Climate change is 'most important issue we face — United Nations chief

Wednesday, 05 Dec, 2018

Veteran naturalist and broadcaster Sir David Attenborough warned that climate change will cause civilizational collapse if world leaders fail to set the worldwide community on a low-emission path.

UN Secretary General Antonio Guterres has issued an appeal to world leaders to do more to tackle climate change.

Over the next two weeks, delegates will try to finalize a plan to limit global warming, but expectations are low.

"In short, we need a complete transformation of our global energy economy, as well as how we manage land and forest resources", Mr Guterres said.

"As a outcome, access to water, food, the conditions for stability, peace and prosperity are more than ever under threat; and if the emissions gap is not closed by 2030, it is extremely unlikely that the 2°C temperature goal, let alone the 1.5°C, can still be reached", they warned.

The opening ceremony could not have been more dramatic as Attenborough warned that climate change is a man-made disaster on a global scale.

Natural historian David Attenborough listens to speeches during the COP24 summit on climate change in Katowice, Poland, on Monday. "Leaders of the world, you must lead".

Guterres also urged negotiators not to forget that the challenges they face pale in comparison to the difficulties climate change is already causing millions around the world whose homes and livelihoods are threatened by rising sea levels, drought and more powerful storms.

The meeting received a boost over the weekend when 19 major economies at the G20 summit affirmed their commitment to the 2015 Paris climate accord.

The conference, attended by 30,000 delegates from 196 countries including Ireland, is being held in Katowice, in the heart of Poland's coal-mining region.

"For some people, this is a life-or-death situation without a doubt", said Natalie Mahowald, a Cornell University climate scientist and lead author of the IPCC report.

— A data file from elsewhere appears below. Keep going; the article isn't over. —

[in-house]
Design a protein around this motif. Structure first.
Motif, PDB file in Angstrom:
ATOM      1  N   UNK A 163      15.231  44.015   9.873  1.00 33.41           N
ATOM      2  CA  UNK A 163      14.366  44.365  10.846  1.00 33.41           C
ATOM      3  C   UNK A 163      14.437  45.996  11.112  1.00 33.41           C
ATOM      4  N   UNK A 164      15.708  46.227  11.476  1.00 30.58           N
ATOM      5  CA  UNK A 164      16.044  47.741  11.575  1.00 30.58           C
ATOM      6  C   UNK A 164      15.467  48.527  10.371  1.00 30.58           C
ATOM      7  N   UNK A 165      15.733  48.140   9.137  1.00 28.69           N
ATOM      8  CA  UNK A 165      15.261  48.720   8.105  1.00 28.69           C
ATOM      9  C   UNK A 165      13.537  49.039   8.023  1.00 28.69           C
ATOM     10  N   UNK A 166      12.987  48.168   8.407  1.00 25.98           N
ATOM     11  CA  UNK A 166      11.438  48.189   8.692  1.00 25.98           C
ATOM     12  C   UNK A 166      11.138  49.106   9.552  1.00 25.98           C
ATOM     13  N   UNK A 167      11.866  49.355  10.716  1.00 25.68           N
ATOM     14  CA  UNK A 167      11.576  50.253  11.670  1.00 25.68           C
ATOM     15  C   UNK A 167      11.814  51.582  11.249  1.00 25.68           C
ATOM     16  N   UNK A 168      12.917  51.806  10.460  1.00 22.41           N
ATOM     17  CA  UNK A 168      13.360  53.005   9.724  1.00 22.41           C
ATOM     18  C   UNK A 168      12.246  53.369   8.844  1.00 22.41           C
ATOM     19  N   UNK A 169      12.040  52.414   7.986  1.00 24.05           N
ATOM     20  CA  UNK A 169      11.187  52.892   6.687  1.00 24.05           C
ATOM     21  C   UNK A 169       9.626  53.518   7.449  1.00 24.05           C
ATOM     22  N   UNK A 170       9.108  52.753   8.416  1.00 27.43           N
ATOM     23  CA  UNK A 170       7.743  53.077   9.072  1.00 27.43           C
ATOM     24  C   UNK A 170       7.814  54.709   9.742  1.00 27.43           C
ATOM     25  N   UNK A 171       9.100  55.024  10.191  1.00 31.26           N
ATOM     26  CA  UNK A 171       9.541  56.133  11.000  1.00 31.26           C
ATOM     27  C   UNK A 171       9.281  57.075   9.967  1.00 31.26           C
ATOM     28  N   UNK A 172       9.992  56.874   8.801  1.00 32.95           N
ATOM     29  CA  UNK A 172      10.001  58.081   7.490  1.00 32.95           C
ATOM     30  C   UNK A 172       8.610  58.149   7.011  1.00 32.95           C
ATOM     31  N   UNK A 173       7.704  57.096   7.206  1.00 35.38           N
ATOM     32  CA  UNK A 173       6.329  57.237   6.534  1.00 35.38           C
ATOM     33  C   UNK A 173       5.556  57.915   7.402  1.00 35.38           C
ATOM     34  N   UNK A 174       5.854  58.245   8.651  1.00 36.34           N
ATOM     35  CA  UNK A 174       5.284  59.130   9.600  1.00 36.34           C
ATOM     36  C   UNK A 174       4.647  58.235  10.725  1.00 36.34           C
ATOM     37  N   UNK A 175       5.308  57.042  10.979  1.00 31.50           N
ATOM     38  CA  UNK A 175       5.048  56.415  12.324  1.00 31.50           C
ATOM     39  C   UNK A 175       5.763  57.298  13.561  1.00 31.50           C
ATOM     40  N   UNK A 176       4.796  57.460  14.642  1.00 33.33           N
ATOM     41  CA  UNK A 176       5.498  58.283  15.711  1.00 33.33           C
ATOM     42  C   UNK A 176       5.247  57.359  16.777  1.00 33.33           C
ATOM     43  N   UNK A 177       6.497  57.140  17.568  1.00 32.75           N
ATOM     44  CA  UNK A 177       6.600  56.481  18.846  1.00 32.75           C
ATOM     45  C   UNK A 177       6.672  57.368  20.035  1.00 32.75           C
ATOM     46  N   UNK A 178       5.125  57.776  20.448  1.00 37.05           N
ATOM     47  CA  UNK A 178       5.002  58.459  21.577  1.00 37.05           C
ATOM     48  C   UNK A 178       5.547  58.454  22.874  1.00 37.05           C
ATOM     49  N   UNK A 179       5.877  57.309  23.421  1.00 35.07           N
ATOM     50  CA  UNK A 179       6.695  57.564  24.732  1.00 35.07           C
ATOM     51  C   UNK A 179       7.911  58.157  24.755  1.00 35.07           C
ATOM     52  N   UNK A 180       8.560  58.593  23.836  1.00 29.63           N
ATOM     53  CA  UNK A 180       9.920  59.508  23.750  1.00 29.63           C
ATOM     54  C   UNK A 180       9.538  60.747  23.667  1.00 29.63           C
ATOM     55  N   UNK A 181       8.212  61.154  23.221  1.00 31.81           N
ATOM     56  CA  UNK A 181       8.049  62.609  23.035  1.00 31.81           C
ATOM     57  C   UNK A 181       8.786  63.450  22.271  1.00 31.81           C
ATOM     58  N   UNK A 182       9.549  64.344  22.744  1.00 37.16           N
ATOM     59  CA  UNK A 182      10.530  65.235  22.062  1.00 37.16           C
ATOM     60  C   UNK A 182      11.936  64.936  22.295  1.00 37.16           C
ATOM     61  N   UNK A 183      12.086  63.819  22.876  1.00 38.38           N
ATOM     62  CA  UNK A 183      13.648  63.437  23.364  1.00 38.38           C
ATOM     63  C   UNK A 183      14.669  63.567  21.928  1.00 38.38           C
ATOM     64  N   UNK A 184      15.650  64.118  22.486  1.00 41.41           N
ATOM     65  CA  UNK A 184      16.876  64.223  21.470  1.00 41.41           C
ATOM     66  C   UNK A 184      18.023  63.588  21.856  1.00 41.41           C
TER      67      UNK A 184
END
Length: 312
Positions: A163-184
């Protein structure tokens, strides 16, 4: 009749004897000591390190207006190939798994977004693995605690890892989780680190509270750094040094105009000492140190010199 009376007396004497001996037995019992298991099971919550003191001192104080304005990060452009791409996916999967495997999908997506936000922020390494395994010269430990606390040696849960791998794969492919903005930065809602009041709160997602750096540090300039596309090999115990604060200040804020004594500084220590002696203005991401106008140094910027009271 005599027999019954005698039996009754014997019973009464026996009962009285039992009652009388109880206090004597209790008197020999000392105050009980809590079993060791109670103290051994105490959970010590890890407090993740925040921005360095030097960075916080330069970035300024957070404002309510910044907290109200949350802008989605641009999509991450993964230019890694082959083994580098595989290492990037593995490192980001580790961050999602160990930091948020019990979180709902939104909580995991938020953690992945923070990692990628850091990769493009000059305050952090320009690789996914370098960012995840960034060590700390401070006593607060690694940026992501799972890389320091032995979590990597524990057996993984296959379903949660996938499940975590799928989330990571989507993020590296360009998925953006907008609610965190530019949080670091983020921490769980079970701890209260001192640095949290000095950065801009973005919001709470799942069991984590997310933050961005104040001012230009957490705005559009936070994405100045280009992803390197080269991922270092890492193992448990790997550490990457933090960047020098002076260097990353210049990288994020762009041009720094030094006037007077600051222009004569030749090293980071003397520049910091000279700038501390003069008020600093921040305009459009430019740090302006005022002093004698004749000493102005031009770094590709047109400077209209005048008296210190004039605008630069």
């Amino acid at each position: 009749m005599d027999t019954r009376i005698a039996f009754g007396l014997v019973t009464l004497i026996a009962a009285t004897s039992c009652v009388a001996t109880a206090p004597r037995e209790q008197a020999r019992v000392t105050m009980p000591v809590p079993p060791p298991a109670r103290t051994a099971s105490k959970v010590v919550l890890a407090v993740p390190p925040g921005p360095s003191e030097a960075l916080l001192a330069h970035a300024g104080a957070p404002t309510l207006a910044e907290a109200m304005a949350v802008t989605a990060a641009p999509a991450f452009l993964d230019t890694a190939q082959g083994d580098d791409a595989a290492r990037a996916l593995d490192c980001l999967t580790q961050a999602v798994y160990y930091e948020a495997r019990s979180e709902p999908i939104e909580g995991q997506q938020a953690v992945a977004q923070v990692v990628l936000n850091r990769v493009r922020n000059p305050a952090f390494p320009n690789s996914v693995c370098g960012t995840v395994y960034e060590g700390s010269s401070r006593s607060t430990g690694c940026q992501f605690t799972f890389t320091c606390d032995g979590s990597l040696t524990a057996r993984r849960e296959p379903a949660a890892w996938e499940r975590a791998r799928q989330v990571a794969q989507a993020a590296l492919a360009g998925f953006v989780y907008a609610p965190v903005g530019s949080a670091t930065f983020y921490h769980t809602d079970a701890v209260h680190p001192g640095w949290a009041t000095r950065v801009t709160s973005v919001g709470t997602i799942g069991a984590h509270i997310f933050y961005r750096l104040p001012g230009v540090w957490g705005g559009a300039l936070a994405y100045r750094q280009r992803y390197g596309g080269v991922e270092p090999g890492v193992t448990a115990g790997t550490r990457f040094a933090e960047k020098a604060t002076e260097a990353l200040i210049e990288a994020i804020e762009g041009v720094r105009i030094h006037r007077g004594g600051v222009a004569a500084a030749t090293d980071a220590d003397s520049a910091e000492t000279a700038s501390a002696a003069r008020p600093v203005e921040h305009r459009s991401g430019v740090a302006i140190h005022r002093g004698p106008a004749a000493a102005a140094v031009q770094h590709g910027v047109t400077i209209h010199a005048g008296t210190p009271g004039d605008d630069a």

Just last week, the UN's environment programme said the voluntary national contributions agreed in Paris would have to triple if the world was to cap global warming below 2C.

The talks in Poland also aim to draw up the rulebook for making the Paris deal operational, and poorer countries will be looking for a boost to the finance being made available to help them develop cleanly.

Host country Poland is proposing a slow approach to ease the financial blow from move away from fossil fuels.

Waskow, who has followed climate talks for years, said despite the Trump administration's refusal to back this global effort the momentum is going in the right direction.

In a rare intervention, presidents of previous United Nations climate summits issued a joint statement as the talks got under way, calling on states to take "decisive tackle these urgent threats".

A key issue up for debate is how the fight against climate change is funded, with developed and developing nations still world's apart in their demands.

Four former leaders of United Nations talks, including Laurent Fabius of France, who led negotiations for the Paris agreement, issued a statement urging immediate action.

Guterres called for a "huge increase in ambitions" during the two weeks of negotiations in Poland, adding "we can not afford to fail in Katowice".